What this Pastor Learned from S-Town

In my endless quest to be current and relevant (a failed quest, my children will tell you), I recently listened to a fascinating podcast called S-Town, one of the most downloaded podcasts of the year.  The story begins when the show’s producer -- Brian Reed -- is contacted by a resident of the small town of Woodstock, Alabama.  This resident, John B. McLemore, claims that there is a murder cover-up going on in the town.  After much telephoning and emailing, Mr. Reed eventually travels down to Woodstock to investigate.

We find out fairly early in the series, that there was no murder or cover-up, but the story morphs into a process of discovering who John B. McLemore is, along with the other characters that inhabit the town of Woodstock.  And I will acknowledge – to my deep embarrassment – that, as a northerner, listening to the voices, accents, and cadences of the people on the show, it was all too easy to immediately pigeonhole them.  So, too, many of the settings – from the K3 Lumber Company (called KKK Lumber by John B. McLemore, which doesn’t seem to bother the owner) to the local tattoo parlor – fell immediately into my stereotypes of rural southern culture.

But as this southern, gothic tale unfolds, an interesting thing begins to happen.  Brian Reed invites us into his conversations with John B. McLemore and his fellow Woodstock denizens, and they evolve into deeply unique and interesting people.  McLemore himself begins by defying the stereotypes, as a brilliant, polymath, “antiquarian horologist” (he repairs antique clocks), who self-identifies both as a rabid environmentalist and queer.  Likewise, the other characters in the story begin as stereotypes and quickly become – unexpectedly – full-blown individuals; far more complex and nuanced than they initially seemed to have been.

Encountering John B. McLemore was a wonderful reminder to me of my – deeply unattractive -- tendency to pigeonhole those who I perceive as different.  I would probably feel more guilty about this if I didn’t have a sense that this seems to be a nearly universal human characteristic.  In his seminal work on the nature of knowledge and consciousness, The Phenomenology of Spirit, the German philosopher Georg Wilhelm Friedrich Hegel tells a compelling story that we call the “master/slave dialectic.”  In this story, Hegel argues that one of the primary ways in which we develop identity – both as individuals and as groups – is by finding characteristics that differentiate ourselves from “the other” – those not like us.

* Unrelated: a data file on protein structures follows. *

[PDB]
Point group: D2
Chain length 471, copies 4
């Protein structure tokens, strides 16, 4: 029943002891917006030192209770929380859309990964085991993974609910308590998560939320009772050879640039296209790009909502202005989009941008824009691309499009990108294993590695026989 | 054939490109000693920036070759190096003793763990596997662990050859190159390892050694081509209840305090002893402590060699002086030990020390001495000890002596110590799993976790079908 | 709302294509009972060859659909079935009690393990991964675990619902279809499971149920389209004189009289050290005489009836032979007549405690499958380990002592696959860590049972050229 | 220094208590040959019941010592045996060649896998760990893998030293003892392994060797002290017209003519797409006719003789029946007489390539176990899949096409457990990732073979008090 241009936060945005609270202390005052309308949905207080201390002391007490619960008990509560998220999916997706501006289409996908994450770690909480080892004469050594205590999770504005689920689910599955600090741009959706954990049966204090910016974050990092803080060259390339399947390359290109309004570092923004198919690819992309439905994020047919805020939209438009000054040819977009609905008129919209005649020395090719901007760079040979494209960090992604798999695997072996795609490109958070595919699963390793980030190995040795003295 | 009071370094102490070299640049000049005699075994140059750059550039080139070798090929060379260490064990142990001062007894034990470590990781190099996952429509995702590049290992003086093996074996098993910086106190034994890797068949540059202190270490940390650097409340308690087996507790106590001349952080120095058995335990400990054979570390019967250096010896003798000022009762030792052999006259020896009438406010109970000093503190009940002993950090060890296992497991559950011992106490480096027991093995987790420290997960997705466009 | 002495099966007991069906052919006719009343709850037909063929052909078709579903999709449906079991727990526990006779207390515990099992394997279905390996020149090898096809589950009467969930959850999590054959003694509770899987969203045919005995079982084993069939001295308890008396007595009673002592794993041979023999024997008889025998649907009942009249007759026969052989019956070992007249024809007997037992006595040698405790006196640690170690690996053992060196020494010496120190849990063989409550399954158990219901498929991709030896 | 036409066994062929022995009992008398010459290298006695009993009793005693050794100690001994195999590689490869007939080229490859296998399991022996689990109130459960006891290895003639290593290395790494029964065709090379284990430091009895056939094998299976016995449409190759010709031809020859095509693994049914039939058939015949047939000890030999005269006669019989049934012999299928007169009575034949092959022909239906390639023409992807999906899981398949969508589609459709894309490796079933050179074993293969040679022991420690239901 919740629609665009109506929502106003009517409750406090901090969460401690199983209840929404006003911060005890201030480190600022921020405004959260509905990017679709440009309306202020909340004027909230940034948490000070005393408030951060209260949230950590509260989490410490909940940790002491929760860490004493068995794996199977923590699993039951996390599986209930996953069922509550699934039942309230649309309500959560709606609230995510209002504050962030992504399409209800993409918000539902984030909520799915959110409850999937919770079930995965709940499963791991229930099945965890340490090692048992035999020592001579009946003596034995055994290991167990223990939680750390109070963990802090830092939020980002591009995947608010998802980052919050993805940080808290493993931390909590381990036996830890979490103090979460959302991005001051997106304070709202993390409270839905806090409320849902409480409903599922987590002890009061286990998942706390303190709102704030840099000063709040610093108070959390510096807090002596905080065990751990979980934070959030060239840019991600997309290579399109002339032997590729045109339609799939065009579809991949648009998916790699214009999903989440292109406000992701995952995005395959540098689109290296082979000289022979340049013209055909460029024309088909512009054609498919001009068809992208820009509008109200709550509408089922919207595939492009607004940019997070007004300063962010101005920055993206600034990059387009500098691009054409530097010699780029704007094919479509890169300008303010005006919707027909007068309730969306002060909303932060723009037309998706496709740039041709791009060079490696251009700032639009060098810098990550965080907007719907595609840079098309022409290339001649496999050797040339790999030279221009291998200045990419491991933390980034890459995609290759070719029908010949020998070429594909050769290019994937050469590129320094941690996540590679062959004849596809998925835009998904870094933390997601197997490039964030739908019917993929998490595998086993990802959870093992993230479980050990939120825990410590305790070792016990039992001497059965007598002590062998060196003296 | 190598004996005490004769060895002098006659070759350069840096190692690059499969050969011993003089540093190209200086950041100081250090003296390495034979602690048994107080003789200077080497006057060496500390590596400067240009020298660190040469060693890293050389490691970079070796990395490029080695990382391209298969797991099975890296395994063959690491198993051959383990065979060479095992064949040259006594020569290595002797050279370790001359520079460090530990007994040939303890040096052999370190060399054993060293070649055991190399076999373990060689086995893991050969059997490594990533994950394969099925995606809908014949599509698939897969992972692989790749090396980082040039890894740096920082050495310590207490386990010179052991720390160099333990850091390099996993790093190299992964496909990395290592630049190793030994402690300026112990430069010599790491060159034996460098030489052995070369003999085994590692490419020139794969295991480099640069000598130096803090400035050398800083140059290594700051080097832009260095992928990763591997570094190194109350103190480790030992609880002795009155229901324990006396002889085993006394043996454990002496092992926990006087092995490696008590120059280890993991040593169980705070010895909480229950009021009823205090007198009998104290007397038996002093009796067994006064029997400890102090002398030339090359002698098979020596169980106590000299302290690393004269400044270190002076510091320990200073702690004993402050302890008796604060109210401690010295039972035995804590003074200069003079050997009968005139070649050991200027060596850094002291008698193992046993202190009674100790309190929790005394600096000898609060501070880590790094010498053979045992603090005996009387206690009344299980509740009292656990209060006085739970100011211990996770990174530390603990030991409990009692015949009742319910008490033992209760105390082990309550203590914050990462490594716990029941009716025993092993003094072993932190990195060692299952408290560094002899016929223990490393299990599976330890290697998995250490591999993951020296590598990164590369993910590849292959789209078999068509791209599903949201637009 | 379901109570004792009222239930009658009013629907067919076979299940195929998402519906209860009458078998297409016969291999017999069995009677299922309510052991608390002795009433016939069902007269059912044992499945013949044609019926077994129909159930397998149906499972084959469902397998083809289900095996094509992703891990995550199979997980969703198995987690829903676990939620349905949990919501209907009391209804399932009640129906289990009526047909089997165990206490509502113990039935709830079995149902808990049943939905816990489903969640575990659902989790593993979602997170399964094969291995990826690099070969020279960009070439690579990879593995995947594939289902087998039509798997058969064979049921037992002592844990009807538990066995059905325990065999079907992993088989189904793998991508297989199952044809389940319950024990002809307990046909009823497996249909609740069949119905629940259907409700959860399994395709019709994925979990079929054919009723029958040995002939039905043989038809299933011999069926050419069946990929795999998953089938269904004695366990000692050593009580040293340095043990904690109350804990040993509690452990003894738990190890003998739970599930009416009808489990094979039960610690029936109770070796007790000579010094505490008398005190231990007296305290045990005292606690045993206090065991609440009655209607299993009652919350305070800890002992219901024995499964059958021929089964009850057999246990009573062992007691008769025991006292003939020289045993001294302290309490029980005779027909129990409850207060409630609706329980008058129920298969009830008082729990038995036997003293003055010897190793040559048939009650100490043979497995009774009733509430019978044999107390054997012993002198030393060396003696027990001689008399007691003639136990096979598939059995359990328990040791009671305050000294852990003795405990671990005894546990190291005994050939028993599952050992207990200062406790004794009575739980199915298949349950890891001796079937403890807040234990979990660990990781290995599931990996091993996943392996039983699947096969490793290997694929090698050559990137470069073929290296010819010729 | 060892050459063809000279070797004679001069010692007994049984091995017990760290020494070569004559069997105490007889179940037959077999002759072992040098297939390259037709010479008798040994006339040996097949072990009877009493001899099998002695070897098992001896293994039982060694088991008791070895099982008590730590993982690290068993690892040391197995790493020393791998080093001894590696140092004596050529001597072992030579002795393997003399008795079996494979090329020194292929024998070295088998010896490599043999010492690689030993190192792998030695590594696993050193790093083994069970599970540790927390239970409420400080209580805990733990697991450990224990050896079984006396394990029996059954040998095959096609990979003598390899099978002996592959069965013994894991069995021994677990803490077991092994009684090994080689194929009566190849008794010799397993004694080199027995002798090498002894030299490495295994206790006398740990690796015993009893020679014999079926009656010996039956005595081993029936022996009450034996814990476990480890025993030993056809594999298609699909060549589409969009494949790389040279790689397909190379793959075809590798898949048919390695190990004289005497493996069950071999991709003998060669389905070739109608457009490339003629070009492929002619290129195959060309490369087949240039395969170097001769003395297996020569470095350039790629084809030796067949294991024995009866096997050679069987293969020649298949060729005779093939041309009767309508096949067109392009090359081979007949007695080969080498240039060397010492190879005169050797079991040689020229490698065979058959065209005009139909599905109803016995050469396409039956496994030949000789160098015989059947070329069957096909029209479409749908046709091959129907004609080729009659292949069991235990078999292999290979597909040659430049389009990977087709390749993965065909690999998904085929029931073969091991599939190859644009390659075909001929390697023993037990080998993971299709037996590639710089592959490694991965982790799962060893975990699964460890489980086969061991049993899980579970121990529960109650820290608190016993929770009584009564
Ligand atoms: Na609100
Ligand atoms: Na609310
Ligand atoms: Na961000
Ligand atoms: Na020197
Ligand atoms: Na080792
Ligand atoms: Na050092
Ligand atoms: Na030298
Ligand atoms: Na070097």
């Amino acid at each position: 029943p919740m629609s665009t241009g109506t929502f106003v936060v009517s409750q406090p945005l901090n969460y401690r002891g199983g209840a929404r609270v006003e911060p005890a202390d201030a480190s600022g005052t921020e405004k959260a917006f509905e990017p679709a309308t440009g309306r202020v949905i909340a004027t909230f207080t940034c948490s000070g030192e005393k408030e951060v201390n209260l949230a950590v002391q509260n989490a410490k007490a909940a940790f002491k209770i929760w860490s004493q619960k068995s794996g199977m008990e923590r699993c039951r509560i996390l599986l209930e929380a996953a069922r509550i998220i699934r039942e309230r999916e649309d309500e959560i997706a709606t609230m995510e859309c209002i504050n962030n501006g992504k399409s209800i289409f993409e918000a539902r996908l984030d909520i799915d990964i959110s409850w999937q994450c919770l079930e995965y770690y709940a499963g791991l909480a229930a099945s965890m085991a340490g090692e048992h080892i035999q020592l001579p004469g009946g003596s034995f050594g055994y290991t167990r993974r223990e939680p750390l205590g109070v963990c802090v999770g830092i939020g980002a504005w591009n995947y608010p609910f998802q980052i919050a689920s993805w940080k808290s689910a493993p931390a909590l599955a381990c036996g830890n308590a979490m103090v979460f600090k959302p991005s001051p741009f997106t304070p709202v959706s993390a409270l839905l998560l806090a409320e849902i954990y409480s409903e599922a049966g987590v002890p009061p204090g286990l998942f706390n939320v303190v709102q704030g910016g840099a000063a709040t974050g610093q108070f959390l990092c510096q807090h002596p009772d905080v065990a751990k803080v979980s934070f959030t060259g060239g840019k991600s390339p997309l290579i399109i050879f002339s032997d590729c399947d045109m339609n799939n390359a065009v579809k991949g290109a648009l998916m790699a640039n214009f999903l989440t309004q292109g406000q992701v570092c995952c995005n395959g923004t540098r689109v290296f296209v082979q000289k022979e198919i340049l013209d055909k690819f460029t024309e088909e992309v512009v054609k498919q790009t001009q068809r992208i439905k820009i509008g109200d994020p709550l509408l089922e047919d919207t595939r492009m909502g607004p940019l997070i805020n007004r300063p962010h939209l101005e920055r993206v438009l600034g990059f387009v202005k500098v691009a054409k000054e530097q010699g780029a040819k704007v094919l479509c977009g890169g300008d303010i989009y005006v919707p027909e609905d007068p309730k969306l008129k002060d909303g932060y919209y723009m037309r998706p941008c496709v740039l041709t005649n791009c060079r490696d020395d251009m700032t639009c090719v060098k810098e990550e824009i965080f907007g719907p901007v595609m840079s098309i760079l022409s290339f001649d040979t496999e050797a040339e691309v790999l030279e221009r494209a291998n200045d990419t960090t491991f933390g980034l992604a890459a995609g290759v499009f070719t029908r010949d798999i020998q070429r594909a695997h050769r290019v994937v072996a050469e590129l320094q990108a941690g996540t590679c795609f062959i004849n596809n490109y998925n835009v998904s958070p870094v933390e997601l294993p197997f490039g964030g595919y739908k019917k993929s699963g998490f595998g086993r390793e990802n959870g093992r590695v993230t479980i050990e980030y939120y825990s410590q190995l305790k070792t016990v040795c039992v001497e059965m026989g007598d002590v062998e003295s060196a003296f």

In this process of “othering,” we generally identify characteristics in ourselves that are attractive and characteristics in others that are repellant.  There is, also, an unfortunate power dynamic in this process in which an element of the differentiation also involves seeking to place one group (us) in a position of superior power to the other group (them).  So we seek to define (and value) ourselves, by degrading the value of the “other.”

We see a lot of “othering” going on in our national life today.  Under our current administration, the “other” has been immigrant, refugees, and Muslims.  This latest chapter of “othering” has built on a long tradition of makingpeople of color the “other.”  In our United Methodist denomination for decades, the “other” has been our LGBTQ+ neighbors.  But whoever, the “other” is, it is our responsibility to look beyond that “otherness” and to find the places where we are not different, but the same.  It is to acknowledge that our similarities always vastly outweigh our differences, and that we are all sacred children of God.

The first step in countering this destructive tendency is to be aware of it.  It is to acknowledge our own cultural biases.  It is to acknowledge (for those of us who are white and heterosexual in this country) that we live in a bubble of privilege.  To claim that we live in a “color blind” society, is to ignore who we are and how we have always engaged “the other.” It is our responsibility to have the ruthless honesty to see ourselves for who we are, and thus provide the possibility for moving beyond that.

A next step is to actively seek to engage, and build relationships with those whom our society “others.”  This process requires great intentionality.  It requires us leaving our comfort of our bubble (whatever that bubble looks like), and really building relationships with those who come from different places, who may look different, and speak differently, and may believe different things.  This is what made S-Town such a gift.

A recent Atlantic magazine article on S-Town was entitled, “A Monument to Empathy.”  In that article, the author noted that “again and again, characters initially presented in caricature-like fashion by McLemore or another source get a chance to speak for themselves, and the liberal ideal of universal empathy and understanding gets applied on a granular scale.”  The process of learning empathy is the process of building a world that works for all its people, and is ultimately the process of learning to be human.